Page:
Chong says they asked him whether he was organising the candlelight vigils.

“They asked me about the candlelight vigils, and they asked me to stop the vigils. I told them that I was not the one organising the vigils.”

Chong says he then asked the two men what information they had on Koh, to which they said they had no information.

“It was then I felt cheated. All they wanted me to do was discourage people from attending the candlelight vigils.  

9.50am: Suhakam observers ask Chong when he went to Thailand.

Chong says he left for Thailand on April 6 via a 10pm bus to Hat Yai.

“I reached Thailand at 6am. I was then met by a motorcyclist, who handed me note. The note asked me to follow the motorcyclist. So, I followed the person to a shoplot in Hat Yai town.”

Chong says he was then led to the back of a restaurant and up a flight of stairs to a room on the first floor.

“I was hooded before I entered the room, and my phone was confiscated. There were two people in the room, together with the motorcyclist.”

Chong says after 10 minutes, his hood was removed and the two men were wearing masks.

9.40am: Suhakam observers ask Chong about the information he got about Koh’s disappearance.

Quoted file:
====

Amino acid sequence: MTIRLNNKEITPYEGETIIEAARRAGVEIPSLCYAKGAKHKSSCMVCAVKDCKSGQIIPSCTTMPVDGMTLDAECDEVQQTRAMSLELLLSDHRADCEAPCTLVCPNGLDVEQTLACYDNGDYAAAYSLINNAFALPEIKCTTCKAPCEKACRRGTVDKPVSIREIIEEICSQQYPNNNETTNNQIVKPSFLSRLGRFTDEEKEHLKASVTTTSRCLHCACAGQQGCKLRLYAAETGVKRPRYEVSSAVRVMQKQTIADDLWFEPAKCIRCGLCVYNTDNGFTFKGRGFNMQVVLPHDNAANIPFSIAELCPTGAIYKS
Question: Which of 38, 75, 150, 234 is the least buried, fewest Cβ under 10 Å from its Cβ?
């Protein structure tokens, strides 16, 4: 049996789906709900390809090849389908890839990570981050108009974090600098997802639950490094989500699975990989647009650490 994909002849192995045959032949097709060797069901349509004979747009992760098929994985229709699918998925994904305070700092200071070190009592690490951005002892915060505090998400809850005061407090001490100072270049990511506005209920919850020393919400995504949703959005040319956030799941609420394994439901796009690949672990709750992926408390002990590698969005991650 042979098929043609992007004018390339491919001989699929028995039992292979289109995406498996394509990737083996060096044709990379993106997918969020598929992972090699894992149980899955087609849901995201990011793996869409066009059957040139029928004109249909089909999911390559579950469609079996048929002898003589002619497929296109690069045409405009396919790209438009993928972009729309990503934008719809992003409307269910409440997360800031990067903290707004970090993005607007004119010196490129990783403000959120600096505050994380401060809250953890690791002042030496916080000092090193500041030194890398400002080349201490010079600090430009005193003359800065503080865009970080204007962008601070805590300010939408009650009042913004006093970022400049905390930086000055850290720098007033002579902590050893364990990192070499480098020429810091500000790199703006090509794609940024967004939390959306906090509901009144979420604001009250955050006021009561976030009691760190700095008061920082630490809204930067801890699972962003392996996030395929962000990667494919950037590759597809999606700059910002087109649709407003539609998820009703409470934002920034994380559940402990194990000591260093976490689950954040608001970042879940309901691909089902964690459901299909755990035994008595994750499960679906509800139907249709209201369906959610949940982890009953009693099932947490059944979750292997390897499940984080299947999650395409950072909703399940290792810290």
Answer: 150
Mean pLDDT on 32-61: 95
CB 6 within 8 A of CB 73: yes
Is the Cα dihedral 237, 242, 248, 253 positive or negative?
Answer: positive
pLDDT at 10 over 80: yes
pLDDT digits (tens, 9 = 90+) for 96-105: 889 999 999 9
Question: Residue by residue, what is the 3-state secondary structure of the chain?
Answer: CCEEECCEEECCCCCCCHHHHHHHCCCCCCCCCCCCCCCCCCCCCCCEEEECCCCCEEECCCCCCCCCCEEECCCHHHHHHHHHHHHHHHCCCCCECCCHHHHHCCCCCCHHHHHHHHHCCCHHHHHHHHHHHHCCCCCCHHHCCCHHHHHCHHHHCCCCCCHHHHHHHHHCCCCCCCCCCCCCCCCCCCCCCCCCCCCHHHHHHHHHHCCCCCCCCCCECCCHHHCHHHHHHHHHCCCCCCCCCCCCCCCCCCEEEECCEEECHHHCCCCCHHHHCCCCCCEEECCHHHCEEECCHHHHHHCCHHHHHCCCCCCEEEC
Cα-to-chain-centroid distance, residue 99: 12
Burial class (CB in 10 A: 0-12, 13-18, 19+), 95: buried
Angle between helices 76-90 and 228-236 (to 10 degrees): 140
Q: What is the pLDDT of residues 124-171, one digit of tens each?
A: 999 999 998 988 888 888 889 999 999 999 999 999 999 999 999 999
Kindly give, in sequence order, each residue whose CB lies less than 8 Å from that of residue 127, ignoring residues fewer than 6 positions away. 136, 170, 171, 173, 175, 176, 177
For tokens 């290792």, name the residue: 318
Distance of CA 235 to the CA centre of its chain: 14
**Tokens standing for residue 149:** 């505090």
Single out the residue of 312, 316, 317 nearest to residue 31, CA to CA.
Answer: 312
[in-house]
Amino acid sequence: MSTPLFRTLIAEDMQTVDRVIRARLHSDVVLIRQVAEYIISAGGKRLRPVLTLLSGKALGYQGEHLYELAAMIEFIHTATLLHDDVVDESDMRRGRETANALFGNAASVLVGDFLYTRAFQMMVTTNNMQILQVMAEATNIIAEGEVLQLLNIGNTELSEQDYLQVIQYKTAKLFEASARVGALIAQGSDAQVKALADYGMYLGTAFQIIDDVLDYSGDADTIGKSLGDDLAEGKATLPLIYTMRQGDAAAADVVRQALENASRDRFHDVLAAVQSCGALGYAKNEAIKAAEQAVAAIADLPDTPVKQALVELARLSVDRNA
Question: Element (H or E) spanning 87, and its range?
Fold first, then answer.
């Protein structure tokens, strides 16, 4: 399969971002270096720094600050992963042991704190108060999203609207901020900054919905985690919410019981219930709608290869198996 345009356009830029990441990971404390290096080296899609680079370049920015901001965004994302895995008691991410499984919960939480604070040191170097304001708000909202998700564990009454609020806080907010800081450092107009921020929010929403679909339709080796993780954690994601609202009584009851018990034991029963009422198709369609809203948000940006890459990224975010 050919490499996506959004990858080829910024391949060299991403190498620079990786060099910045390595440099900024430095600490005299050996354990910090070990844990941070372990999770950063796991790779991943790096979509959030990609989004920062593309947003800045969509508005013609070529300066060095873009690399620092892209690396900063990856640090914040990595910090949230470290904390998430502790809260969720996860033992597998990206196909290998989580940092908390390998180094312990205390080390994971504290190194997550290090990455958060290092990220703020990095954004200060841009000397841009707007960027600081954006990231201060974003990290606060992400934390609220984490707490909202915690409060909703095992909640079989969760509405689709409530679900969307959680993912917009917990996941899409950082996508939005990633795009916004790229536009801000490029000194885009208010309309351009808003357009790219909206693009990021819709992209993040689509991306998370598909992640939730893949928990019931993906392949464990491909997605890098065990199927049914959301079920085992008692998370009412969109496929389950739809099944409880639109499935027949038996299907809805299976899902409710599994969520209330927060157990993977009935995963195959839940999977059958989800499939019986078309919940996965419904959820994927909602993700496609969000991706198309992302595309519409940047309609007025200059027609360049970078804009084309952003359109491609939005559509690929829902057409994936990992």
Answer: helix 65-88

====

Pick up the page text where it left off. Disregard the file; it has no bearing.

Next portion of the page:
Chong says on April 6, he was contacted via WhatsApp by a person saying he had information on Koh.

“A person sent me a message, saying he had information on Koh and wanted to meet up with me.

“I don’t know the person, but he had details about me and the candlelight vigils I attended.

“There was an exchange of messages between us, and the individual asked me to meet him in southern Thailand.”

9.30am: Suhakam observers ask Chong if he has met Koh before, to which he replies “No”.

The observers then ask Chong how he found out about Koh’s disappearance.

Chong says he found out about it through church channels.

9.20am: Day seven of the public inquiry into missing Pastor Raymond Koh and three others resumes with former Petaling Jaya councillor Peter Chong taking the witness stand. – November 14, 2017.